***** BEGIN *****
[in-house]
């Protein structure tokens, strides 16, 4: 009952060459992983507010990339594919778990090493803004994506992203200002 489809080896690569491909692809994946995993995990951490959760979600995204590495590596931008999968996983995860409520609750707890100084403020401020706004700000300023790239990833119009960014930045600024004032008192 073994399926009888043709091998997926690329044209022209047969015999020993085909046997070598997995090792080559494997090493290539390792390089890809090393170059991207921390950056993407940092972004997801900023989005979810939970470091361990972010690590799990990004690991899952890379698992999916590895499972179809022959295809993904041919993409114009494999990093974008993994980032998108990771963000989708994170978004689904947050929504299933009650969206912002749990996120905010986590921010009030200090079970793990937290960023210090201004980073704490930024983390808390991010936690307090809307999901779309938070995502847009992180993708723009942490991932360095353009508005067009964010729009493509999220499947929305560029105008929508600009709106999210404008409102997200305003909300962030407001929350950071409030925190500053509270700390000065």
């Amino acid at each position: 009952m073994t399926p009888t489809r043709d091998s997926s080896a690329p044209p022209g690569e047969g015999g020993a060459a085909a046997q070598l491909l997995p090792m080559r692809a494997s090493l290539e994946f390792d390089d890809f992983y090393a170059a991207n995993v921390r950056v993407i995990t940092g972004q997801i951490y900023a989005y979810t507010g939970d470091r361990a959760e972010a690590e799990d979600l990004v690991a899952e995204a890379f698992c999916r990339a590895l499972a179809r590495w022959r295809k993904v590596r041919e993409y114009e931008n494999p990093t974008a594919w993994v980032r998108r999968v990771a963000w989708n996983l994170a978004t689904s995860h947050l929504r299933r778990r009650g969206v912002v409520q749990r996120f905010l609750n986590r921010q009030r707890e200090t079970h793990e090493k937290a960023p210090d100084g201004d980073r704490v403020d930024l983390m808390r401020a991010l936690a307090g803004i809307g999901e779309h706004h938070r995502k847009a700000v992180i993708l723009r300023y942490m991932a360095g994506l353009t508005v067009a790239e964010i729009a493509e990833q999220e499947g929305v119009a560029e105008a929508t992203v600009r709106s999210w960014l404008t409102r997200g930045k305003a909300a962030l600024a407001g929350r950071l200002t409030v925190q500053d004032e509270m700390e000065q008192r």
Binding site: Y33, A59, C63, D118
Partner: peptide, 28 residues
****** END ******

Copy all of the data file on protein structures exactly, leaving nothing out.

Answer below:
[in-house]
């Protein structure tokens, strides 16, 4: 009952060459992983507010990339594919778990090493803004994506992203200002 489809080896690569491909692809994946995993995990951490959760979600995204590495590596931008999968996983995860409520609750707890100084403020401020706004700000300023790239990833119009960014930045600024004032008192 073994399926009888043709091998997926690329044209022209047969015999020993085909046997070598997995090792080559494997090493290539390792390089890809090393170059991207921390950056993407940092972004997801900023989005979810939970470091361990972010690590799990990004690991899952890379698992999916590895499972179809022959295809993904041919993409114009494999990093974008993994980032998108990771963000989708994170978004689904947050929504299933009650969206912002749990996120905010986590921010009030200090079970793990937290960023210090201004980073704490930024983390808390991010936690307090809307999901779309938070995502847009992180993708723009942490991932360095353009508005067009964010729009493509999220499947929305560029105008929508600009709106999210404008409102997200305003909300962030407001929350950071409030925190500053509270700390000065």
């Amino acid at each position: 009952m073994t399926p009888t489809r043709d091998s997926s080896a690329p044209p022209g690569e047969g015999g020993a060459a085909a046997q070598l491909l997995p090792m080559r692809a494997s090493l290539e994946f390792d390089d890809f992983y090393a170059a991207n995993v921390r950056v993407i995990t940092g972004q997801i951490y900023a989005y979810t507010g939970d470091r361990a959760e972010a690590e799990d979600l990004v690991a899952e995204a890379f698992c999916r990339a590895l499972a179809r590495w022959r295809k993904v590596r041919e993409y114009e931008n494999p990093t974008a594919w993994v980032r998108r999968v990771a963000w989708n996983l994170a978004t689904s995860h947050l929504r299933r778990r009650g969206v912002v409520q749990r996120f905010l609750n986590r921010q009030r707890e200090t079970h793990e090493k937290a960023p210090d100084g201004d980073r704490v403020d930024l983390m808390r401020a991010l936690a307090g803004i809307g999901e779309h706004h938070r995502k847009a700000v992180i993708l723009r300023y942490m991932a360095g994506l353009t508005v067009a790239e964010i729009a493509e990833q999220e499947g929305v119009a560029e105008a929508t992203v600009r709106s999210w960014l404008t409102r997200g930045k305003a909300a962030l600024a407001g929350r950071l200002t409030v925190q500053d004032e509270m700390e000065q008192r």
Binding site: Y33, A59, C63, D118
Partner: peptide, 28 residues